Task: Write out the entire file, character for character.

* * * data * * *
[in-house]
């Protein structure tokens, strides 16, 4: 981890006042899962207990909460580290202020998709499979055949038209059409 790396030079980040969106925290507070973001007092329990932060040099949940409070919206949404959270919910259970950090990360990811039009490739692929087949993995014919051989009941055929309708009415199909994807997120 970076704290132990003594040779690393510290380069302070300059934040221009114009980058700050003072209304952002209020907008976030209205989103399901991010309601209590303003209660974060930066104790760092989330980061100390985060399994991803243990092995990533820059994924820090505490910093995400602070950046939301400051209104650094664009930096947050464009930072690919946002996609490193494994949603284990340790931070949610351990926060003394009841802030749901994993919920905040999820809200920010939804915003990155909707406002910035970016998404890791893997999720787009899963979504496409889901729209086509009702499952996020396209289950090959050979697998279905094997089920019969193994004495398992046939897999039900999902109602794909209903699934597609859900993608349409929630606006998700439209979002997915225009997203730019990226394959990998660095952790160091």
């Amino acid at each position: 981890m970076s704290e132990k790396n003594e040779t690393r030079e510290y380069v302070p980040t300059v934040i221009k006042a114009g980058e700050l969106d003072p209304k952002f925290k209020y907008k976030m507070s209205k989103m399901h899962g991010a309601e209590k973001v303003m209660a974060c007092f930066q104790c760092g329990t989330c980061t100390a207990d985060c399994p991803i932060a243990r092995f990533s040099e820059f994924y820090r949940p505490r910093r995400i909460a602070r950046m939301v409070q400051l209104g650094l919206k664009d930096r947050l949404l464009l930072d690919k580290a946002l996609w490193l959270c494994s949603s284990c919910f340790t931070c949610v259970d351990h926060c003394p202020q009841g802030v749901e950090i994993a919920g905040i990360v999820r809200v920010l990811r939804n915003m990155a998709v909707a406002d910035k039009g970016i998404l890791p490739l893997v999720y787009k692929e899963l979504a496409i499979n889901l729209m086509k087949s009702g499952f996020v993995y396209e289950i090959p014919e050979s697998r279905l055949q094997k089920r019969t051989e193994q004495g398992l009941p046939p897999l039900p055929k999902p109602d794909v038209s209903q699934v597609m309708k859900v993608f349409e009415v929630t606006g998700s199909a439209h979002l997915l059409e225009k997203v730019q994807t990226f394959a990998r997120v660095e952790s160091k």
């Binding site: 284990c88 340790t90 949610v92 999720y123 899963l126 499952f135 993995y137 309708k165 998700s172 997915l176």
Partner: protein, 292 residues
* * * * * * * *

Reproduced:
[in-house]
């Protein structure tokens, strides 16, 4: 981890006042899962207990909460580290202020998709499979055949038209059409 790396030079980040969106925290507070973001007092329990932060040099949940409070919206949404959270919910259970950090990360990811039009490739692929087949993995014919051989009941055929309708009415199909994807997120 970076704290132990003594040779690393510290380069302070300059934040221009114009980058700050003072209304952002209020907008976030209205989103399901991010309601209590303003209660974060930066104790760092989330980061100390985060399994991803243990092995990533820059994924820090505490910093995400602070950046939301400051209104650094664009930096947050464009930072690919946002996609490193494994949603284990340790931070949610351990926060003394009841802030749901994993919920905040999820809200920010939804915003990155909707406002910035970016998404890791893997999720787009899963979504496409889901729209086509009702499952996020396209289950090959050979697998279905094997089920019969193994004495398992046939897999039900999902109602794909209903699934597609859900993608349409929630606006998700439209979002997915225009997203730019990226394959990998660095952790160091």
């Amino acid at each position: 981890m970076s704290e132990k790396n003594e040779t690393r030079e510290y380069v302070p980040t300059v934040i221009k006042a114009g980058e700050l969106d003072p209304k952002f925290k209020y907008k976030m507070s209205k989103m399901h899962g991010a309601e209590k973001v303003m209660a974060c007092f930066q104790c760092g329990t989330c980061t100390a207990d985060c399994p991803i932060a243990r092995f990533s040099e820059f994924y820090r949940p505490r910093r995400i909460a602070r950046m939301v409070q400051l209104g650094l919206k664009d930096r947050l949404l464009l930072d690919k580290a946002l996609w490193l959270c494994s949603s284990c919910f340790t931070c949610v259970d351990h926060c003394p202020q009841g802030v749901e950090i994993a919920g905040i990360v999820r809200v920010l990811r939804n915003m990155a998709v909707a406002d910035k039009g970016i998404l890791p490739l893997v999720y787009k692929e899963l979504a496409i499979n889901l729209m086509k087949s009702g499952f996020v993995y396209e289950i090959p014919e050979s697998r279905l055949q094997k089920r019969t051989e193994q004495g398992l009941p046939p897999l039900p055929k999902p109602d794909v038209s209903q699934v597609m309708k859900v993608f349409e009415v929630t606006g998700s199909a439209h979002l997915l059409e225009k997203v730019q994807t990226f394959a990998r997120v660095e952790s160091k």
């Binding site: 284990c88 340790t90 949610v92 999720y123 899963l126 499952f135 993995y137 309708k165 998700s172 997915l176």
Partner: protein, 292 residues